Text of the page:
Monday, 29 December 2008

Christmas Lectures

I've got to go shopping today. Not only are we down to the last wilted vegetables at the bottom of the fridge, but it's only a few more days until Donny and Mel's birthday at the start of January. It's always a challenge trying to find something they want that they didn't get for Xmas, but at least it is half the price compared to what it was a week ago, thanks to the Sales. So, bargain hunting I shall go, after lunch.

The general TV viewing this year has been uninspiring. Usually Christmas is the time if year I tape more things than I can possibly watch, but this year it's been very poor. I half watched something last night, that was reviewed as "An eerie ghost story and poignant tale of love." Nope, it was a tale of Victorian lesbian duplicity. There were no ghosts, and the love aspect was a little dubious too. It wasn't what I was expecting at all.

The best bit about this season is the Christmas Lectures. These run for five days and are broadcast from the Royal Institute in London. They are always science based and they pick a different topic every year. This year it is about computers, last year was about human endurance and the year before was about mathematics. I forget further back. Anyway, they bring science to life with fantastic props and experiments (see the website - it's got lots of cool games and the lectures from previous years as web-casts).

The first one of this year is tonight, and I'm really looking forward to it. It doesn't matter that I don't know much about computers, or that I'm not hugely interested in them. They just do the lectures so well, that I know I'm going to love it. Unlike the ill-fated Victorian lesbian love triangle show.


Sunday, 28 December 2008

The Art of Doing Nothing, then Resting Afterwards

Sunday, is it? The days are rolling by in a haze of laze. The kids didn't leave the house yesterday. They spent it exploring the possibilities of their new games, toys and colouring books. I did make it to the gym and to walk the dog so I am a veritable hive of activity. Nick made it the the corner shop, discovered it was closed, and walked the 200 yards back again. Not exactly the most exciting of weekends.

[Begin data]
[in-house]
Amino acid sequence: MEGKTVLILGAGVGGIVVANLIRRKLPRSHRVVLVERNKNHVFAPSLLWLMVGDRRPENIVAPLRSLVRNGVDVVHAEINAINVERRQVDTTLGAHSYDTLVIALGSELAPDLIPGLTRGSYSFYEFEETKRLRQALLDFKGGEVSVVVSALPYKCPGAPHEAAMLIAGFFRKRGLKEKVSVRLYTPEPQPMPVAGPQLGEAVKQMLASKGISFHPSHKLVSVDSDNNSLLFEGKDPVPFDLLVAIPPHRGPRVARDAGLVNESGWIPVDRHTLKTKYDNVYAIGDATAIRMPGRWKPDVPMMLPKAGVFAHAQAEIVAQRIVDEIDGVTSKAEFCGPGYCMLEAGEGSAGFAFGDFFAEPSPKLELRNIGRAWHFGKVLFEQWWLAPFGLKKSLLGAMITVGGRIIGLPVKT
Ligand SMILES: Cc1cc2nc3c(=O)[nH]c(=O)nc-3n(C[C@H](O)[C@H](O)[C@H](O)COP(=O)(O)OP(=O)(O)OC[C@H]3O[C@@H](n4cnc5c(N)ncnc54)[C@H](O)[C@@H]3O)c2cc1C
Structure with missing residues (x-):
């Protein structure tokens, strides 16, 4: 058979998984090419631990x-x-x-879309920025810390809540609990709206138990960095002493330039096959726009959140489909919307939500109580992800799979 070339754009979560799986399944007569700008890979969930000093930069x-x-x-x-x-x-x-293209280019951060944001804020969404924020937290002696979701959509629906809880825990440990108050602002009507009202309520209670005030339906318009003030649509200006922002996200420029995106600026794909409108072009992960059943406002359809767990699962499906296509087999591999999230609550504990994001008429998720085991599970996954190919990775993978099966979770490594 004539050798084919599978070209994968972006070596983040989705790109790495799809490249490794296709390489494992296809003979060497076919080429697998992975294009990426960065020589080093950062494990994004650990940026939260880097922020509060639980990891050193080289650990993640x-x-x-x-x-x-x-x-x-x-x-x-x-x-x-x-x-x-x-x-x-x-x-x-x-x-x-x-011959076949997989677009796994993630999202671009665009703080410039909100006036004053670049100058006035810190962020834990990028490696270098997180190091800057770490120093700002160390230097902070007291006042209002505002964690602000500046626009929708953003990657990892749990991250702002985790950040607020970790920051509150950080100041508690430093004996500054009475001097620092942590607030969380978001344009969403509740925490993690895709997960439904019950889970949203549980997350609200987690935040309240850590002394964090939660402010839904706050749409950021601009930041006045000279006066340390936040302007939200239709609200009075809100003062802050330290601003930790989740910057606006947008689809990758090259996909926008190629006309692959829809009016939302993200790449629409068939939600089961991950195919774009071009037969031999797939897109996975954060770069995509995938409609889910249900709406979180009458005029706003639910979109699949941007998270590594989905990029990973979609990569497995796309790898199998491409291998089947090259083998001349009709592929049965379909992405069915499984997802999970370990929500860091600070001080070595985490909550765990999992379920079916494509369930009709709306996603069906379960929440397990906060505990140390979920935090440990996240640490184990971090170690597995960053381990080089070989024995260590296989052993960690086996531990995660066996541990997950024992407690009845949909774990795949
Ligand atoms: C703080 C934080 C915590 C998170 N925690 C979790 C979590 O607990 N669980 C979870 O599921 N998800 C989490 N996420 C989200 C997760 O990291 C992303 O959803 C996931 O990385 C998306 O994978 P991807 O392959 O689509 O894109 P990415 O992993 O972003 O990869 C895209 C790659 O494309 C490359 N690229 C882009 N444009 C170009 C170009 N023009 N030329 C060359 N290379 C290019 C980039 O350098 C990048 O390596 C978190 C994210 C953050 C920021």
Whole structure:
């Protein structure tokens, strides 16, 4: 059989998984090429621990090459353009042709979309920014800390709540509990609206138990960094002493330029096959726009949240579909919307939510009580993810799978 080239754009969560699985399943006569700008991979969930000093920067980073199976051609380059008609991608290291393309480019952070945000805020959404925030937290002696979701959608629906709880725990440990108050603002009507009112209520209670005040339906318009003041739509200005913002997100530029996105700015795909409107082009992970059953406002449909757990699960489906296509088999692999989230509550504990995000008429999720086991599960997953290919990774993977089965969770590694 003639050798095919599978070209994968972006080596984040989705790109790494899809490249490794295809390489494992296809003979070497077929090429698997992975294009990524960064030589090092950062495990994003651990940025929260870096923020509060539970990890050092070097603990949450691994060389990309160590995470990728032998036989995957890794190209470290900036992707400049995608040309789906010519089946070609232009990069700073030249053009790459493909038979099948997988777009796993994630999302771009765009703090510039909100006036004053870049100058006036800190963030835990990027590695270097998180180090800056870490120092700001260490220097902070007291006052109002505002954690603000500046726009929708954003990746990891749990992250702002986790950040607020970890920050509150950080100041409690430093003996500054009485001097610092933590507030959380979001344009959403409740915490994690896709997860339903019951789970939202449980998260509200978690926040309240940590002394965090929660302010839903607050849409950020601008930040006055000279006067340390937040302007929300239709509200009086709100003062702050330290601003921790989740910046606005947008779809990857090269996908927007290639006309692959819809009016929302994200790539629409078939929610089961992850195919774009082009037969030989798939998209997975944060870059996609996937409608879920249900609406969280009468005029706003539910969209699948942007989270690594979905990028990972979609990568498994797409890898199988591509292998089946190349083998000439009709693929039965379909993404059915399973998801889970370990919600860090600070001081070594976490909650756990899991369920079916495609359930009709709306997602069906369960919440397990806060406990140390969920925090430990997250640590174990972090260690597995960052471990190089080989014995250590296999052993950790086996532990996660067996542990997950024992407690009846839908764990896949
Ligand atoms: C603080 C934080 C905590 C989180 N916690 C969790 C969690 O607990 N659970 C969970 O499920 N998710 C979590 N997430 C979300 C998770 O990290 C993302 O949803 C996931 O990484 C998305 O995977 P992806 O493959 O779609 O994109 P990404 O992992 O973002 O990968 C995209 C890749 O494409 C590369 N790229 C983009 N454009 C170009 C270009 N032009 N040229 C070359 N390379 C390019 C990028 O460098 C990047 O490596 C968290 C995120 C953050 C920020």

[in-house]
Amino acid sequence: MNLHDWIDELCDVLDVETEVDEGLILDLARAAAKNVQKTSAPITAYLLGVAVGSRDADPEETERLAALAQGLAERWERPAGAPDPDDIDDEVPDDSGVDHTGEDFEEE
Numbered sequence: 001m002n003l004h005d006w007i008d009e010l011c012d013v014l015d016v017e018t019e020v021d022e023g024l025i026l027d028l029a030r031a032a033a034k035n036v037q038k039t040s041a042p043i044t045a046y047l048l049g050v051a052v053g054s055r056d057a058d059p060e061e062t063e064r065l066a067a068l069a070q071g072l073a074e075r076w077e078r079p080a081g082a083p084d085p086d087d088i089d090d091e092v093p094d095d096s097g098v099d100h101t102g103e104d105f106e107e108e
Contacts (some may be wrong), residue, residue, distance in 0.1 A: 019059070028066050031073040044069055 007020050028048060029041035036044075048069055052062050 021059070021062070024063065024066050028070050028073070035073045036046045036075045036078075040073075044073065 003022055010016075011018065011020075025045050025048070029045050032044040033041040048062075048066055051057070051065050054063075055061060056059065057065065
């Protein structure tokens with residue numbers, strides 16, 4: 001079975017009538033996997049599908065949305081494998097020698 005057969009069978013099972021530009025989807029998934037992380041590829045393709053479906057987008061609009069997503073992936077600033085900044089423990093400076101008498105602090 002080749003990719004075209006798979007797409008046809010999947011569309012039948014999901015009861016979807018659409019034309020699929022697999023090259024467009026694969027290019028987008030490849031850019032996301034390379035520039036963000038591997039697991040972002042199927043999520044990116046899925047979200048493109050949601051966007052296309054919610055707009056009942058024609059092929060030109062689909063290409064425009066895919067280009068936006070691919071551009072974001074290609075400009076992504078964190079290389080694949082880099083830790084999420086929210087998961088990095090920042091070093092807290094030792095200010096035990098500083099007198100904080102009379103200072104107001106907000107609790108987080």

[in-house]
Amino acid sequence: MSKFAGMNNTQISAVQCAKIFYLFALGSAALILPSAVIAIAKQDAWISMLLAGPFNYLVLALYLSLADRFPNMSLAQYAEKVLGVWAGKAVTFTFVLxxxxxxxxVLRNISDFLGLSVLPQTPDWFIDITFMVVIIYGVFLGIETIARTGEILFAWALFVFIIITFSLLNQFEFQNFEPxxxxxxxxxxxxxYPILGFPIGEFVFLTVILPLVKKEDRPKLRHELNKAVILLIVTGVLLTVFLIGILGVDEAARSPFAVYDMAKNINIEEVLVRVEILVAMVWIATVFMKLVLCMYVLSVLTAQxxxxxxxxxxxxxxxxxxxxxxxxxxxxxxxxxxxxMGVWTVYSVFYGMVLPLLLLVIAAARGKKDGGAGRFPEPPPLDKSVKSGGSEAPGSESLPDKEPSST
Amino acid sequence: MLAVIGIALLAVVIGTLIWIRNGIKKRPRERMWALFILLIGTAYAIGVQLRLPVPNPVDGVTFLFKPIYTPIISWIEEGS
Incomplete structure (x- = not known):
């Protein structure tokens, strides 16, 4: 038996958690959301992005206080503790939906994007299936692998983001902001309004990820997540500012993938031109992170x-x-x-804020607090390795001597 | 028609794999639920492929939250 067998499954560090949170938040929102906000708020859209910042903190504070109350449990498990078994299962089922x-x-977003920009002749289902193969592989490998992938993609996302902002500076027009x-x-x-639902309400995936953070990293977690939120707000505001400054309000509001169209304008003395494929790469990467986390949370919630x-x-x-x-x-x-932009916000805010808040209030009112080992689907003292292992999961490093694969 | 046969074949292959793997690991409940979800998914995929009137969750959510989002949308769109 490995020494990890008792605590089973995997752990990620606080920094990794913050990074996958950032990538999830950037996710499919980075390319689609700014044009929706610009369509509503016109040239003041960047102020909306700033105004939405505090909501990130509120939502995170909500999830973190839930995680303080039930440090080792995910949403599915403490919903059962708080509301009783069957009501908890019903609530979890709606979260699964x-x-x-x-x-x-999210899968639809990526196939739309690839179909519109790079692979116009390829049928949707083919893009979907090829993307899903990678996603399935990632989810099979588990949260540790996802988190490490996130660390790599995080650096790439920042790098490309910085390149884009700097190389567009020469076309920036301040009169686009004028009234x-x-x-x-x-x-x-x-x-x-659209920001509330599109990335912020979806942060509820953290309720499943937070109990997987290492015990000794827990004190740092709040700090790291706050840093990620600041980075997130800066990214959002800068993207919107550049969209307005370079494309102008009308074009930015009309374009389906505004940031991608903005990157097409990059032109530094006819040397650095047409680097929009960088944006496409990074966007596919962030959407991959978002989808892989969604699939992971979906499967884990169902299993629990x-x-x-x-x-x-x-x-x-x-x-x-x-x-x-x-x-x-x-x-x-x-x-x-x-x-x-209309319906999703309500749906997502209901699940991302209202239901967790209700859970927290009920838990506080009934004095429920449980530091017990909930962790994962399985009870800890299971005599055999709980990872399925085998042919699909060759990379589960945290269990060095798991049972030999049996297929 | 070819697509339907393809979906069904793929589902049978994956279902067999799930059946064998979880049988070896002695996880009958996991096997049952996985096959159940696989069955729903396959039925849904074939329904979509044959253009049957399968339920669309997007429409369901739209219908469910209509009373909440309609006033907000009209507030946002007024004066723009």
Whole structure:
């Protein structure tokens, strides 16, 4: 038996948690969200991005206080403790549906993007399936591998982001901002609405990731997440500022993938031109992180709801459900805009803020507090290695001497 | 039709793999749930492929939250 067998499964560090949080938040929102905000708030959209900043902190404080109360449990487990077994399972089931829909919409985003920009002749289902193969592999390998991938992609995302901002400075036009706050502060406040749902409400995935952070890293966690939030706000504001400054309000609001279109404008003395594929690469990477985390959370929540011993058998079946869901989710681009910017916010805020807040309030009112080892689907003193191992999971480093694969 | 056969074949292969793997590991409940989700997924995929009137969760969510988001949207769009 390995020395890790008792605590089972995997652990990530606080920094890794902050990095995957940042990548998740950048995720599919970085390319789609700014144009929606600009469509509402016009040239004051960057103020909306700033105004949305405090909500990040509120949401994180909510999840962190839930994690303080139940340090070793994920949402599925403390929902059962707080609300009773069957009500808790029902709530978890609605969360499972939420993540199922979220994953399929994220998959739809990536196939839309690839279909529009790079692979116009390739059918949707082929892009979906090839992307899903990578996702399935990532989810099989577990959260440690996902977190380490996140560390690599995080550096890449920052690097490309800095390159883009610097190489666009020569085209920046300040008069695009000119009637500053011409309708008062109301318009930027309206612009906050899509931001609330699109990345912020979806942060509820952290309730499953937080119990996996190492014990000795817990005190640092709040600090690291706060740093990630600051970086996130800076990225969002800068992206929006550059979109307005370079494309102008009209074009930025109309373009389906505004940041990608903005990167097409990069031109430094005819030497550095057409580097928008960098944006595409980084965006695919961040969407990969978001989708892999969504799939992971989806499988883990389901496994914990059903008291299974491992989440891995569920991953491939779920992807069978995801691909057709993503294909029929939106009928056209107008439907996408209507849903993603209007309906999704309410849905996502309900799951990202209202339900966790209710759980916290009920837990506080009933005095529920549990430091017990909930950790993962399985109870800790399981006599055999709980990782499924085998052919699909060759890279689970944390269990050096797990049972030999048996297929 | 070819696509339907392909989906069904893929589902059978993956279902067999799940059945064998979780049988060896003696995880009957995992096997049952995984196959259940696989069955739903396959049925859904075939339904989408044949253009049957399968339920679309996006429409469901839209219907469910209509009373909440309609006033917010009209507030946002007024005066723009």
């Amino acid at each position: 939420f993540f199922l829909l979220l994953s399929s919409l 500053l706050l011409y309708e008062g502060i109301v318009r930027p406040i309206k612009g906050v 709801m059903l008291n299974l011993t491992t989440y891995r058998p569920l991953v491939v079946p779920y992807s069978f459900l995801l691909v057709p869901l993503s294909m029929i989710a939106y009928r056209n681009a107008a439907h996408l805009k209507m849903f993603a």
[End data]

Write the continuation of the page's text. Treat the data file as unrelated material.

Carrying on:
At the moment the kids are putting together a new trampoline that they were given by someone Nick works with, who owed Nick a favour. Apparently it was a bargain. It's not one of those huge ones, but I'm sure many hours of fun will be had bouncing on it. I'm guessing they need to get some of the pent up energy out of their systems soon too, or everyone will start arguing and being miserable. Bring on the bounce!

I've been forcing myself to do lesson planning and other school related stuff that I'm not at all motivated to do. I know I will feel better when it's done, but just the thought of having to go back leaves a constricted, panicky feeling in my chest. I don't want to go to school! Please don't make me.

I think I'm going to go and finish the 500 piece jigsaw of Santa that is on the living room floor before Mel does his chores (ie the Hoovering...)


Friday, 26 December 2008

Christmas Day

Well, Santa did come, much to the relief of my children. Indeed, discovery of the stockings took place in the wee small hours of Christmas Day. The alarm clock said 4.11 and I won't repeat what I said. Eventually we persuaded them to settle back down for a couple more hours beauty sleep.

After breakfast we opened the first wave of presents under the tree. The singing dolls were popular, as was MouseTrap and Downfall board games. I had a CD of the Killers. Apparently I mentioned that I liked their music, but I can't remember ever having heard of them. I hope something jogs my memory when I have a moment to put the CD into the player!

[pic of mince pies]

We made a point of walking the dog on our way down to Mum's. It made us a little late, but fortunately Mike and Ang had stepped into the breach and got the goose and veggies cooking. Christmas dinner was a magnificent festival of dedicated eating, as always. We didn't quite manage to eat everything, but we had a good go.

Nobody could manage pudding, so we cleared a space and opened the second wave of presents. Mike and Ang, in their wisdom, have bought me an alarm clock that sets you a puzzle to solve before the alarm will turn off. I mean, how cruel is that? There is a Wimp Out button, but it makes the alarm shriek at you for 30 seconds as a punishment! What have I ever done to them??

[pic of Xmas pud]